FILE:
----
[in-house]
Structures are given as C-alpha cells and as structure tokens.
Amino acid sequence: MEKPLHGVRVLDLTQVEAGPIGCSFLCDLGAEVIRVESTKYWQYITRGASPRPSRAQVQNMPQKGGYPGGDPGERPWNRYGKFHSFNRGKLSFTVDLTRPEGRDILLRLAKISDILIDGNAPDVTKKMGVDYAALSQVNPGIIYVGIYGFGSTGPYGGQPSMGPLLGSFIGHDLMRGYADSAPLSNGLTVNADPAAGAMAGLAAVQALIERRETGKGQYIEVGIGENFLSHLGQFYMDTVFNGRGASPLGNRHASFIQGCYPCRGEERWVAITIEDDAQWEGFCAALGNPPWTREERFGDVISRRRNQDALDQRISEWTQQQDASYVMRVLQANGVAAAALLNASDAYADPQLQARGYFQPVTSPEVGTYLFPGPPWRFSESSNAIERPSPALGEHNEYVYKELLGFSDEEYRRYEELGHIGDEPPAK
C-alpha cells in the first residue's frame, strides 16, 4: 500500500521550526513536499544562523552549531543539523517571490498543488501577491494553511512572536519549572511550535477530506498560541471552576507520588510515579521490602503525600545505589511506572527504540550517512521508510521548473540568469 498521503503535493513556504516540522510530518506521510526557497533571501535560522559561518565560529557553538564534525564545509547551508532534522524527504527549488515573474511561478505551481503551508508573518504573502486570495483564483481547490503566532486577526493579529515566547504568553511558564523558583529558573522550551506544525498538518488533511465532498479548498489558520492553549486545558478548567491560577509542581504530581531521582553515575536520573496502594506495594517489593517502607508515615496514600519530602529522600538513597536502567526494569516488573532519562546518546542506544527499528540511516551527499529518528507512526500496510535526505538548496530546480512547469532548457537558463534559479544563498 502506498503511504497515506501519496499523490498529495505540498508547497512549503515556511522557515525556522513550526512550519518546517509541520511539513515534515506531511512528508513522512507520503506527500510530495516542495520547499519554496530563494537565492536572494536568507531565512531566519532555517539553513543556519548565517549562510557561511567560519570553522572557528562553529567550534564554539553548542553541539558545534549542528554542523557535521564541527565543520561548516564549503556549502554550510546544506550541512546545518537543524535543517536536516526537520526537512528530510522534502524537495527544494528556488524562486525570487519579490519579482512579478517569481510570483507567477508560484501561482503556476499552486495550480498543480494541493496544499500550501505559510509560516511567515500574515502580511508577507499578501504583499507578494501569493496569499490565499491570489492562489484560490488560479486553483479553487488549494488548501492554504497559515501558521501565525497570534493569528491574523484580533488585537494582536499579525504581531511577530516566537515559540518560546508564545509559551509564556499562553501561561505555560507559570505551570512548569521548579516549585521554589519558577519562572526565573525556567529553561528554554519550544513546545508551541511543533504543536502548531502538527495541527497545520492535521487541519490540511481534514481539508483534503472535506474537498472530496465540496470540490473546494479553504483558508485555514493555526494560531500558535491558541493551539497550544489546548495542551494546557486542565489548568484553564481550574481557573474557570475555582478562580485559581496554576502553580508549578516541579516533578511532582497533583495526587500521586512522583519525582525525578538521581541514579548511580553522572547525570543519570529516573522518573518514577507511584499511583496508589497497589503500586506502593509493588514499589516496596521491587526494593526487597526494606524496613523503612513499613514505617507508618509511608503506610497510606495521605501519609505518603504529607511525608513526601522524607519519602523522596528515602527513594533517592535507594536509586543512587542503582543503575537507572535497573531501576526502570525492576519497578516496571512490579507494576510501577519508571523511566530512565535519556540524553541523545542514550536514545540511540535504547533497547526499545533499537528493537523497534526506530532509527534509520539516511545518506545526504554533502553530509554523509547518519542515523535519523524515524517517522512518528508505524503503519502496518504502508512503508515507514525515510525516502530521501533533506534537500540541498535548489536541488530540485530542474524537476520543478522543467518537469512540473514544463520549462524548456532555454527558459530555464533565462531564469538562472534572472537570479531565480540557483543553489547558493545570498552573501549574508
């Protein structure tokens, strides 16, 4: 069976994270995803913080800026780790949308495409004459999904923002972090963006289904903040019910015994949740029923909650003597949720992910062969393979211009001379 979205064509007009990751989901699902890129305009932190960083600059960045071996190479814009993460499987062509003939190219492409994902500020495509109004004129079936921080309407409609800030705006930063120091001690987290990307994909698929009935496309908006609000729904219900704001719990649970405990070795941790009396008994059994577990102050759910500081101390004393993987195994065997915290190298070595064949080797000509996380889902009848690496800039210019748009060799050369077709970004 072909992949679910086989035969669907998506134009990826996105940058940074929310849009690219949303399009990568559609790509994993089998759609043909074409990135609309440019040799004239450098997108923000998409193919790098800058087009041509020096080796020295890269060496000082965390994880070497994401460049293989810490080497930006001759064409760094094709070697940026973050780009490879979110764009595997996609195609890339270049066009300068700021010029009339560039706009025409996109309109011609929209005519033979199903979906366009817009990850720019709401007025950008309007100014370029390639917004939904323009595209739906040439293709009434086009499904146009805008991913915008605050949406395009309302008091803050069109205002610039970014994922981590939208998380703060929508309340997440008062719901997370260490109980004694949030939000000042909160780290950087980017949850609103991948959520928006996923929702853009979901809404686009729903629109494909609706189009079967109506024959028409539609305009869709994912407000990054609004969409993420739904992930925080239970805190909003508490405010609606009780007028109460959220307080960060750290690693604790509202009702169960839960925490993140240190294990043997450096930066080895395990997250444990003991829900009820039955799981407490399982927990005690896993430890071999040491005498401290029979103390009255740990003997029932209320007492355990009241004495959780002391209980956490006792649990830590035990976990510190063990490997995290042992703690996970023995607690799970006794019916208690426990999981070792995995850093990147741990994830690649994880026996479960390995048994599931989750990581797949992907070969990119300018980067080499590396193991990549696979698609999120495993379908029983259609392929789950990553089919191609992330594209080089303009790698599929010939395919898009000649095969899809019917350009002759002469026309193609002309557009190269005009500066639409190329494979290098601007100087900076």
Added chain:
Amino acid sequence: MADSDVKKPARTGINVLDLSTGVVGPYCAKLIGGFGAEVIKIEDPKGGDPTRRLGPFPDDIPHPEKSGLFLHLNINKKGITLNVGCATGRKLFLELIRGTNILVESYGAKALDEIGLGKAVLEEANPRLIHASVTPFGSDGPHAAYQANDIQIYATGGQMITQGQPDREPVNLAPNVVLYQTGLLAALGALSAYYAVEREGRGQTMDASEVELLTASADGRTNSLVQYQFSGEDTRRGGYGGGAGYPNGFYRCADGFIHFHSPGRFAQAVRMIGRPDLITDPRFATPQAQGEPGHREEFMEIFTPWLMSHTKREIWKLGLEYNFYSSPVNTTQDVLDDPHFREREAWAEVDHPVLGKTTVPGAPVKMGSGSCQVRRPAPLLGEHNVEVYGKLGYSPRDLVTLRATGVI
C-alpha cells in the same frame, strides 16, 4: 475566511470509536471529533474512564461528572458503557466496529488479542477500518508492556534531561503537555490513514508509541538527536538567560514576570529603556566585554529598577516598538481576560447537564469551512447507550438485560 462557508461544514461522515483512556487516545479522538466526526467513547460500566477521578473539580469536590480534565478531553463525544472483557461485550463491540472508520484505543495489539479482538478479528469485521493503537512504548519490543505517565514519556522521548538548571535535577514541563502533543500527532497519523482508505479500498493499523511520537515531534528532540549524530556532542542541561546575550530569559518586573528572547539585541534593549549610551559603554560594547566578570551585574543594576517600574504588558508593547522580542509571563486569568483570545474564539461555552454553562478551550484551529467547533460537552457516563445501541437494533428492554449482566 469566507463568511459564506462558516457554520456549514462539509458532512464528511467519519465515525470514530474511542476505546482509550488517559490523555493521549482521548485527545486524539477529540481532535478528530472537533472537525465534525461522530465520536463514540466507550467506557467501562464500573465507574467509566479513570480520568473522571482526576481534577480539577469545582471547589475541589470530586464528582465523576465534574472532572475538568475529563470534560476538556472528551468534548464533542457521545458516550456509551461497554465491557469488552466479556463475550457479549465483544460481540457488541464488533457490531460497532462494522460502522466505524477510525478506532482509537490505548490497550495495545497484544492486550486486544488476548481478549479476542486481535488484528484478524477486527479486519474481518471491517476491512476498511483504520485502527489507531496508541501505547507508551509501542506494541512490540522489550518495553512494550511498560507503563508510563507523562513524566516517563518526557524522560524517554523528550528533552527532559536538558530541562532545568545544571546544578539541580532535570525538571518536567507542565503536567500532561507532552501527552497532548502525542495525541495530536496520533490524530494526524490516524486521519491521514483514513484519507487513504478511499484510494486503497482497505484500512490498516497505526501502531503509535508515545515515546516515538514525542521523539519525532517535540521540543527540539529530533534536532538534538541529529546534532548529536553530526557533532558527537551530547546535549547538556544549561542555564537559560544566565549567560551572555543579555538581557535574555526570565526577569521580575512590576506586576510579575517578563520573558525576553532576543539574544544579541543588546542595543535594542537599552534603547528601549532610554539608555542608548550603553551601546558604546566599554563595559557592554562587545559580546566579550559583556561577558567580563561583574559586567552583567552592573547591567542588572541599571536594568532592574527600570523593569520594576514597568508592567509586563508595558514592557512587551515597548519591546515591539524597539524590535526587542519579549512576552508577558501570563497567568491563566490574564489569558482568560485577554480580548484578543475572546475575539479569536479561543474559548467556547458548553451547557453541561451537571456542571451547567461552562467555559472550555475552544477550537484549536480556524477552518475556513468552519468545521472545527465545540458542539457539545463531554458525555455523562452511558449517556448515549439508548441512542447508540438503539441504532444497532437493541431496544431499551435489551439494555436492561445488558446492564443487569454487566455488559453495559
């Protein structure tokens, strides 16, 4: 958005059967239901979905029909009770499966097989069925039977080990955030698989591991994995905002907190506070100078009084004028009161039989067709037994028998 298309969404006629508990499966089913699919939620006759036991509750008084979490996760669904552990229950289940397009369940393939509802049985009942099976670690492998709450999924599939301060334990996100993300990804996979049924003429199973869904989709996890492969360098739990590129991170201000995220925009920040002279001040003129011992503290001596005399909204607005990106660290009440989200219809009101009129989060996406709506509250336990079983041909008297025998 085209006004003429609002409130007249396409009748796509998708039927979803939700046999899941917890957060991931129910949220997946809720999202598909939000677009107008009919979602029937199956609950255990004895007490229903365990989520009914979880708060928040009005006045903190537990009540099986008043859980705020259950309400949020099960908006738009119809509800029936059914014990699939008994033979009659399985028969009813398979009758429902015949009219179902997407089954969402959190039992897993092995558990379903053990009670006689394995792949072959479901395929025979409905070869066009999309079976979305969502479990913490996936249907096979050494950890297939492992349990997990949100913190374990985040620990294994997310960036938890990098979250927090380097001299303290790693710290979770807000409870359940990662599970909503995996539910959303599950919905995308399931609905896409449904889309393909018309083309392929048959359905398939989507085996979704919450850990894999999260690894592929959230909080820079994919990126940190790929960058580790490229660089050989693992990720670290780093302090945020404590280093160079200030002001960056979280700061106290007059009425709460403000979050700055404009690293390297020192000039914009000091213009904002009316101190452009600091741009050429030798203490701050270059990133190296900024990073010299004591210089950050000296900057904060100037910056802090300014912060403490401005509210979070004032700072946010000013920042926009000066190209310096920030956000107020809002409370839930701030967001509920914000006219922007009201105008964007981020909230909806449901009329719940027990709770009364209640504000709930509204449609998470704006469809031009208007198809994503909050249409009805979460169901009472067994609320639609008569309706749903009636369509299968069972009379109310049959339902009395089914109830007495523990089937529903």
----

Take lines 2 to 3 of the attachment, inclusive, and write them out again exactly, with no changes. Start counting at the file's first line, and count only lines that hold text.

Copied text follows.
Structures are given as C-alpha cells and as structure tokens.
Amino acid sequence: MEKPLHGVRVLDLTQVEAGPIGCSFLCDLGAEVIRVESTKYWQYITRGASPRPSRAQVQNMPQKGGYPGGDPGERPWNRYGKFHSFNRGKLSFTVDLTRPEGRDILLRLAKISDILIDGNAPDVTKKMGVDYAALSQVNPGIIYVGIYGFGSTGPYGGQPSMGPLLGSFIGHDLMRGYADSAPLSNGLTVNADPAAGAMAGLAAVQALIERRETGKGQYIEVGIGENFLSHLGQFYMDTVFNGRGASPLGNRHASFIQGCYPCRGEERWVAITIEDDAQWEGFCAALGNPPWTREERFGDVISRRRNQDALDQRISEWTQQQDASYVMRVLQANGVAAAALLNASDAYADPQLQARGYFQPVTSPEVGTYLFPGPPWRFSESSNAIERPSPALGEHNEYVYKELLGFSDEEYRRYEELGHIGDEPPAK